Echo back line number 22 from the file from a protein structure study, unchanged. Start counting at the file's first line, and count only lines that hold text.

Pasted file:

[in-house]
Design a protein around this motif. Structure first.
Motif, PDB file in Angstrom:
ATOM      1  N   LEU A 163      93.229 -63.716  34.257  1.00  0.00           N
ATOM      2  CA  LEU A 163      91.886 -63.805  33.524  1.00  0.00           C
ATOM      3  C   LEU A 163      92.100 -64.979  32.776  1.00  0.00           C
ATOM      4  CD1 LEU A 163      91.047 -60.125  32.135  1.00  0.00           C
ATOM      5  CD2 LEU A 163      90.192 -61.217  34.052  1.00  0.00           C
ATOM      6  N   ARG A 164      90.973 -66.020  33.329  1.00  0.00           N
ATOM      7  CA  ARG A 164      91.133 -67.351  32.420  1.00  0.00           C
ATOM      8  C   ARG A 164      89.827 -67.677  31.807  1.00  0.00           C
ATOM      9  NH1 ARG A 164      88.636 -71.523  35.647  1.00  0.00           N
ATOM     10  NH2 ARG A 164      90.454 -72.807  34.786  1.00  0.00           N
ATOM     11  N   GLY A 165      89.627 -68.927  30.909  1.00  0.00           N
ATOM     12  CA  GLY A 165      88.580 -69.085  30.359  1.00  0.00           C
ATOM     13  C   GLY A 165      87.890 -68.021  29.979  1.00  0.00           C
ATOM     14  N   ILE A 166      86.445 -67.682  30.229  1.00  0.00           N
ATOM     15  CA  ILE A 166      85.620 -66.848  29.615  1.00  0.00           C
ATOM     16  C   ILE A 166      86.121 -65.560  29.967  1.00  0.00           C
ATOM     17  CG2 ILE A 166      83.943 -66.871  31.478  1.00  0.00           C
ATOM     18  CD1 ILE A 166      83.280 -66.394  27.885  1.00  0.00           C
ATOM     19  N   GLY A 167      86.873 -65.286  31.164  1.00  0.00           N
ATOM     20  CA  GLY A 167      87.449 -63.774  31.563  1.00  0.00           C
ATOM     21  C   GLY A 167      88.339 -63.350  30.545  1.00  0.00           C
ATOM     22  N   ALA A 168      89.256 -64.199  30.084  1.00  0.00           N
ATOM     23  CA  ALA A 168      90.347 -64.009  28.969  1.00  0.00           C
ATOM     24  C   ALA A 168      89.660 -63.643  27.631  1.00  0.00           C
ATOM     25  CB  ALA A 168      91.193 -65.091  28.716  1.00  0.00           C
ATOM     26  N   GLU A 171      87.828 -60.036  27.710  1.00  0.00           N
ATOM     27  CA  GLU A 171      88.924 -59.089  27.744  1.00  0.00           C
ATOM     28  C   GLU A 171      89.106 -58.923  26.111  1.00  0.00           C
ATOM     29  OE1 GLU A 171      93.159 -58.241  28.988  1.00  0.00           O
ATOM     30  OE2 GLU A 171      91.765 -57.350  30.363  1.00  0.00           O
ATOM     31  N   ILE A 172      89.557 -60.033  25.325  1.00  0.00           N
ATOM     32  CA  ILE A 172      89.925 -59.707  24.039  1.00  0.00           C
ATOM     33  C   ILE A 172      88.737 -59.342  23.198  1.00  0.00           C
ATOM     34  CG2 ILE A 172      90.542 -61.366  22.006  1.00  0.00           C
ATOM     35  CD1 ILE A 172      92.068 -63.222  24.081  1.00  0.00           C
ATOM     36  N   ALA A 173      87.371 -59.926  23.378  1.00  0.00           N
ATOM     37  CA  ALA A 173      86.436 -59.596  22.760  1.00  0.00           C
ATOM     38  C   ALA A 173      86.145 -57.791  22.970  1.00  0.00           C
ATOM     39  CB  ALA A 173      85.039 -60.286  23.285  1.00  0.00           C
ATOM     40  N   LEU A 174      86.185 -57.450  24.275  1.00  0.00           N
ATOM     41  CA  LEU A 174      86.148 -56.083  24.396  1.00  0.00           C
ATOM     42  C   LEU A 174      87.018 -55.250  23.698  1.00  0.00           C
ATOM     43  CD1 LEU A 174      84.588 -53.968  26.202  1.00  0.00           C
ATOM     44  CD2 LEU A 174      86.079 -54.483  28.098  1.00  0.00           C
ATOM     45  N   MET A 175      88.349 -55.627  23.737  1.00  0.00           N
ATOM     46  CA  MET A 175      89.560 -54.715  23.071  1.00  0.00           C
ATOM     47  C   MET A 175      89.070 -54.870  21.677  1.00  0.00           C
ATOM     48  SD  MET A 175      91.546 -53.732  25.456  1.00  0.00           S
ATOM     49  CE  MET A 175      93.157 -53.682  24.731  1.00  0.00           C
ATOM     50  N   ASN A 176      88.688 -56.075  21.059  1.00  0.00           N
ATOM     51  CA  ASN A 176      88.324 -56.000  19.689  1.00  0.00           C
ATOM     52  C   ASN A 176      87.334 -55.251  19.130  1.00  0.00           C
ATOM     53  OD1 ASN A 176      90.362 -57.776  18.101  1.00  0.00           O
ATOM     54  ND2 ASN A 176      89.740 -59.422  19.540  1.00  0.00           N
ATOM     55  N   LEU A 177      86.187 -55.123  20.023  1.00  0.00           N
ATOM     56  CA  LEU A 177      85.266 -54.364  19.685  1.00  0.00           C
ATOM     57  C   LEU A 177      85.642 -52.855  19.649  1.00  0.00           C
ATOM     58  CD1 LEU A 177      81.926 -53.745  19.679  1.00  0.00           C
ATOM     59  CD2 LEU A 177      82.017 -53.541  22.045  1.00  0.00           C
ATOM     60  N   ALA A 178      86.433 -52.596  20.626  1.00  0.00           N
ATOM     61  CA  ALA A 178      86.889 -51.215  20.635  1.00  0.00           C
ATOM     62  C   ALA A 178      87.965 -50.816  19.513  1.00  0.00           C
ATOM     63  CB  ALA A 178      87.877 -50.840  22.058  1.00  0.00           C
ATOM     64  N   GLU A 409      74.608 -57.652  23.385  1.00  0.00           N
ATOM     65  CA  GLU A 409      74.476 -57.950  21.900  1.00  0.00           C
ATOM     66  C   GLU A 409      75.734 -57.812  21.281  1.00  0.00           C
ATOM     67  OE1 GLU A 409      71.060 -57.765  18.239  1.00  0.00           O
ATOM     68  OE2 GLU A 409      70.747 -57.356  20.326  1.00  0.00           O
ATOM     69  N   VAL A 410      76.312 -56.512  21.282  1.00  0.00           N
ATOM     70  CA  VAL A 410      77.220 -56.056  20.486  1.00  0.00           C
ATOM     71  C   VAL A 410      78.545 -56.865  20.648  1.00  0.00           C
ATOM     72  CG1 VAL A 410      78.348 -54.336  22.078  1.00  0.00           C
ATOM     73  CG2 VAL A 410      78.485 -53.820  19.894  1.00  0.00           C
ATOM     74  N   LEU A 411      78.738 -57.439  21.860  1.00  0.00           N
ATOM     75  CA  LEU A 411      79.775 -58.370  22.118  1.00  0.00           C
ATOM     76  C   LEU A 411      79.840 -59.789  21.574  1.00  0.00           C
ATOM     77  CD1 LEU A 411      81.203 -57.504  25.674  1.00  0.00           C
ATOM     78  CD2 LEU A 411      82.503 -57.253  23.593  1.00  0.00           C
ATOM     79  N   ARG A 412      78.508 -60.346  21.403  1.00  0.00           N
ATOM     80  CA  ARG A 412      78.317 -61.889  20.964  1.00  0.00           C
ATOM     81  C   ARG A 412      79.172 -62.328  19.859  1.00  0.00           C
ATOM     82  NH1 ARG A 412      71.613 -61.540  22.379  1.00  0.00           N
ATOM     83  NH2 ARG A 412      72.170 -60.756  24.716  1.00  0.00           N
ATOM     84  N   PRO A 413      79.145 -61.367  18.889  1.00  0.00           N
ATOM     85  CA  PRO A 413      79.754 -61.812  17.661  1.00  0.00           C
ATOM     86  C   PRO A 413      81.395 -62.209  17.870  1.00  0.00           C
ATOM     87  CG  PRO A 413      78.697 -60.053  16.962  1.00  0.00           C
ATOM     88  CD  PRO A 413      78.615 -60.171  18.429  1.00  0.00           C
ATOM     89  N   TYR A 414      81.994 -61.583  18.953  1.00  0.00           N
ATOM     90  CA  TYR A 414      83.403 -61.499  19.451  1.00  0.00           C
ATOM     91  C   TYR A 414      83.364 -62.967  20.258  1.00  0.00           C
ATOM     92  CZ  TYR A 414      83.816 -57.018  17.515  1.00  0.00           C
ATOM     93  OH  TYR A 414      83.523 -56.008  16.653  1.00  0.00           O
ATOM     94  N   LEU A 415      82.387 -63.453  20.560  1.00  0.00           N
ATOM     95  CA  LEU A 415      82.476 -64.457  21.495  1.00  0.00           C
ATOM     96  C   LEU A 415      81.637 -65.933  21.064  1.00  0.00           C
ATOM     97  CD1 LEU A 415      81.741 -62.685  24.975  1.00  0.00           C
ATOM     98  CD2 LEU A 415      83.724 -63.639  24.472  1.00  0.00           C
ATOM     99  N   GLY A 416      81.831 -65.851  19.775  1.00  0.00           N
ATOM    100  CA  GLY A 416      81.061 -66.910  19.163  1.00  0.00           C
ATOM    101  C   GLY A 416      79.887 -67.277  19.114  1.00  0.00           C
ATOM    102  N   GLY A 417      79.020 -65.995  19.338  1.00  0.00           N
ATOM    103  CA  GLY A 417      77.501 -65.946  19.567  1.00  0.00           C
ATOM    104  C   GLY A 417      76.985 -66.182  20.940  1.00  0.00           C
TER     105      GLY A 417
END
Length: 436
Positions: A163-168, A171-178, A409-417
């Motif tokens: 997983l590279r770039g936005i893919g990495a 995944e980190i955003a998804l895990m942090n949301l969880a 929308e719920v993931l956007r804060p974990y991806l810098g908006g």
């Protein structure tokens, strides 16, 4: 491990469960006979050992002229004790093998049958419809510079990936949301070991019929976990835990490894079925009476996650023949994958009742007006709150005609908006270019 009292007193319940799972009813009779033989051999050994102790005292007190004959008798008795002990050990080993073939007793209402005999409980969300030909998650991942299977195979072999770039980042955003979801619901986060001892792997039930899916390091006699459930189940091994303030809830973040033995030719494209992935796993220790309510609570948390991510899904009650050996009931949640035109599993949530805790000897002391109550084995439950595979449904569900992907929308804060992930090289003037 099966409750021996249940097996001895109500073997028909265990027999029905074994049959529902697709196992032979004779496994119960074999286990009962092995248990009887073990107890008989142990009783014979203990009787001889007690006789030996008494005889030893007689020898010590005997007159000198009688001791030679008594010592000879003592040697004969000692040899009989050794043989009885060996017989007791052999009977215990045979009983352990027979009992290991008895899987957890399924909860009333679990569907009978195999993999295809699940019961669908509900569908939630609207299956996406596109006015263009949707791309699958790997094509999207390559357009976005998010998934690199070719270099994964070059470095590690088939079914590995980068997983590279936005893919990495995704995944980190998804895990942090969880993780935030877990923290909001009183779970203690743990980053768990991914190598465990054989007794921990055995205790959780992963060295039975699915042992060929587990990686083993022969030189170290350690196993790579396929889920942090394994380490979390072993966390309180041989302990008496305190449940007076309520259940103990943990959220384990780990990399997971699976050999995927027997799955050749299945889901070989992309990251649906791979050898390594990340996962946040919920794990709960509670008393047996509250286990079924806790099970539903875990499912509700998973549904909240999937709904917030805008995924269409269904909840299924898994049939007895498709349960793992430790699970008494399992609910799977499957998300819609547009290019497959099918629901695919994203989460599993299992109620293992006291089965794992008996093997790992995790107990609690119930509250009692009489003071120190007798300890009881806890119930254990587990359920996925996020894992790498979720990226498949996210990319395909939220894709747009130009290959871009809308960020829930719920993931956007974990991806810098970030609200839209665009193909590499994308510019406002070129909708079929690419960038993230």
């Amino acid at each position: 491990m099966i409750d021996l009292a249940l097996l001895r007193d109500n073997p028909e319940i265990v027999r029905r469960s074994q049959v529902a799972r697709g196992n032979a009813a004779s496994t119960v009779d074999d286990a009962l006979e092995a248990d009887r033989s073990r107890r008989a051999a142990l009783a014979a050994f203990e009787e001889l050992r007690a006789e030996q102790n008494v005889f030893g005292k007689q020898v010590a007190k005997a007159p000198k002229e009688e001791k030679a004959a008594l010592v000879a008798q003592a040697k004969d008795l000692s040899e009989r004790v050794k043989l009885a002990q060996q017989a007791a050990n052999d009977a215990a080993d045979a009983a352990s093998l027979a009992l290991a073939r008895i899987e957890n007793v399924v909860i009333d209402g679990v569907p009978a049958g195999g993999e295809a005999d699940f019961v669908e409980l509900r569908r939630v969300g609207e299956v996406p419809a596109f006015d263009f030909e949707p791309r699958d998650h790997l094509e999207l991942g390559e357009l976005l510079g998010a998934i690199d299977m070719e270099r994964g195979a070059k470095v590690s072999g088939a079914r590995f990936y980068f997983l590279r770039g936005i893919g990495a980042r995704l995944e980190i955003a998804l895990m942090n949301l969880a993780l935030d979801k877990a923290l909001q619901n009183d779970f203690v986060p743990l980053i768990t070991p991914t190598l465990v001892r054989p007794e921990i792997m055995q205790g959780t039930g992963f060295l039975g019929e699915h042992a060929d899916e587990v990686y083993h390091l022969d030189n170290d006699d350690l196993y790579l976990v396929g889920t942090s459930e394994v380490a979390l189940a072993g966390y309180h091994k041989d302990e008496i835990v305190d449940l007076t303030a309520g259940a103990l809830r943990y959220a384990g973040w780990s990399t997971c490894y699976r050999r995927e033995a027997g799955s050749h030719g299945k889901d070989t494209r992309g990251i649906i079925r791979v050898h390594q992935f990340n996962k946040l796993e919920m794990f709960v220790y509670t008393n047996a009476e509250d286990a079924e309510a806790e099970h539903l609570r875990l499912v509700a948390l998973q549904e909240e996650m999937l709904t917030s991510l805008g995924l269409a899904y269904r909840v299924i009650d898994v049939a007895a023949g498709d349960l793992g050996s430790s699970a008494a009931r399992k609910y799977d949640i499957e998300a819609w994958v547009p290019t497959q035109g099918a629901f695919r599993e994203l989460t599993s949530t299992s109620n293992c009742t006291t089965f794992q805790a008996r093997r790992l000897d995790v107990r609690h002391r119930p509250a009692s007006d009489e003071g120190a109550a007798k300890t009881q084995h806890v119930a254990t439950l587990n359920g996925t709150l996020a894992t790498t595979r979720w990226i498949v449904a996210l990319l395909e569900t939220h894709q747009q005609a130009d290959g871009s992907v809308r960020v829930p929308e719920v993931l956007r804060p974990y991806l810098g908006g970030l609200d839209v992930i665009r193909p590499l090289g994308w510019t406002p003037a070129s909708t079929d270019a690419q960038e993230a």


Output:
ATOM     19  N   GLY A 167      86.873 -65.286  31.164  1.00  0.00           N